‘I grew up in a Lyélé village around 100 kms from Ouagadougou, the capital of Burkina Faso ,…’ Maxime Bakiono, Ministry Resources Facilitator at United Bible Societies, speaks perfect French. It is, after all, the language that he speaks every day with his wife, who is from a different Burkina ethnic group, and his daughter. But he is aware that his roots are ‘in the village’, in the centre-west of Burkina Faso, and that his heart speaks Lyélé.
‘Lyélé is my mother tongue, the language of my heart. It’s the language I use when I talk to my mother, several times a week, to my younger brother, to my cousins, my uncles who are still in the village,’ he explains.
Songs of praise
Maxime was deeply moved by the launch of the book of Leviticus in Lyélé in 2015. This is the first complete book of the Old Testament to have been translated into this language. But this emotion did not stem just from reading God’s Word in his own language, because he already had access to the New Testament, translated by SIL. It stemmed from the celebration of the arrival of the Word in this unique context.
‘In Africa, when an important chief arrives somewhere, people sing his praises,’ Maxime continues. ‘In West Africa, it’s the job of the griot, or praise singer, to announce his arrival.’ And when the Bible is launched in a new language, it’s received with the same enthusiasm!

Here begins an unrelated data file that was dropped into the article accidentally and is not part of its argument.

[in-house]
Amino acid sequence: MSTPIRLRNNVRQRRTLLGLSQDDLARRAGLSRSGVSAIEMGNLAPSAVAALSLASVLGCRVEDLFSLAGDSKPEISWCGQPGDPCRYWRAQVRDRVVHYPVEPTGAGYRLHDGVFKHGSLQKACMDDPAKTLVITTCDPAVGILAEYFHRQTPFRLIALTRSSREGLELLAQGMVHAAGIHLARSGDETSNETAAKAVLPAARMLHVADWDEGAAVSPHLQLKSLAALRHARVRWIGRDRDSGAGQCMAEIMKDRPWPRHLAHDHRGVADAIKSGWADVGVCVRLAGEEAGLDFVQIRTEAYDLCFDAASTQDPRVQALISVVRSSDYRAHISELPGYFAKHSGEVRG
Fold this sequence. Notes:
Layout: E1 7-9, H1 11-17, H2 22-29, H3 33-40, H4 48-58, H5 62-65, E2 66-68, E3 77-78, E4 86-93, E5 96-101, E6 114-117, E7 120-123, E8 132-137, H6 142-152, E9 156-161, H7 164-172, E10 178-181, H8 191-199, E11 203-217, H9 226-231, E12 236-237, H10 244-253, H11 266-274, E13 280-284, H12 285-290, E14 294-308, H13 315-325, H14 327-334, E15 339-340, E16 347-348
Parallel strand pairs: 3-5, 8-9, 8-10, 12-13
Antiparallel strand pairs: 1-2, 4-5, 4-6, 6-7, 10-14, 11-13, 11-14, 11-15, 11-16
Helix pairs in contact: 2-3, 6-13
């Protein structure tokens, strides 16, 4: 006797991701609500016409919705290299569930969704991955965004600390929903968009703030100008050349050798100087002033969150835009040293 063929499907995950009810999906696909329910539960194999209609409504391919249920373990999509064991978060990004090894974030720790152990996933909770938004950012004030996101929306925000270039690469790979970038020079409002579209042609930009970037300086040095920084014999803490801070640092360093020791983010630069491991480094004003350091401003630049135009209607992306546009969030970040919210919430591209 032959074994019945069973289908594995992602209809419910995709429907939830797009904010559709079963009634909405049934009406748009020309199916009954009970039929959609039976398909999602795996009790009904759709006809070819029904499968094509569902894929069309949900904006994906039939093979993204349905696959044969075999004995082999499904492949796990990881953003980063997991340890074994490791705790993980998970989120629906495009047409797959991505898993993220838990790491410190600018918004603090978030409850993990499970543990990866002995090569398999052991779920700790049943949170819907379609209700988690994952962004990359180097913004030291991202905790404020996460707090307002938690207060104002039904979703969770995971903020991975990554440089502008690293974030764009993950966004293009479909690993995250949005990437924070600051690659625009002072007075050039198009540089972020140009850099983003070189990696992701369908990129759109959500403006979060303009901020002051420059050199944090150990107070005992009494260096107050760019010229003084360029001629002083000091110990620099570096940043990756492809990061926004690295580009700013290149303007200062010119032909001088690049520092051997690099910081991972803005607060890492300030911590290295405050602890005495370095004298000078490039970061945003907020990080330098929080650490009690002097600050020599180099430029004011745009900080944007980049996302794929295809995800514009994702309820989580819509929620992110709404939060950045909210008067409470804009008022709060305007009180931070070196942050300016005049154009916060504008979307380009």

‘This is what struck me at the launch: the Word of God was welcomed like we welcome a very high-ranking guest! It was celebrated like we celebrate a person, because when you celebrate the Word, you celebrate God himself: Jesus, son of God, Word incarnate. The songs of praise took up the terms used to refer to the supreme being. It gave me goose bumps!’
This enthusiastic welcome brought together people from all parts of society and from all Church backgrounds. Accompanied by the traditional instrument, the binon, everybody sang and danced in praise of God.
80% of the Old Testament translated
Since the launch of the first book of the Old Testament in Lyélé, the translators have been making good progress, and now 80% of the Old Testament has been translated. Within a few years, once the New Testament has been revised, the whole Bible will be available in Maxime’s language.
The Réo region, where Lyélé is spoken, is one of the most strongly Christian parts of Burkina Faso. Along with the Samo ethnic group, it was one of the first ones to be evangelised.
‘My ethnic group is 90% Catholic, with few Muslims,’ Maxime explains. ‘Christianity has a very strong presence in our culture and has helped the culture continue to flourish through the translation of the Bible and the composition of songs. And I often hear the music of my village on television!’
Speakers of Lyélé are mainly literate, both in their mother tongue and French, and the Bible is already widely read.
Indeed, it is in the Lyélé region that the government tested – very successfully – the educational model known as ‘bridge’: children begin their education in their mother tongue, then transition into the formal system, where they learn in French. This model is now supported by UNICEF as a model for making rapid educational process in Burkina Faso.
This means that everything is ready for the arrival of the Bible in Lyélé in a few years! No doubt Maxime will be at the launch and have goose bumps again.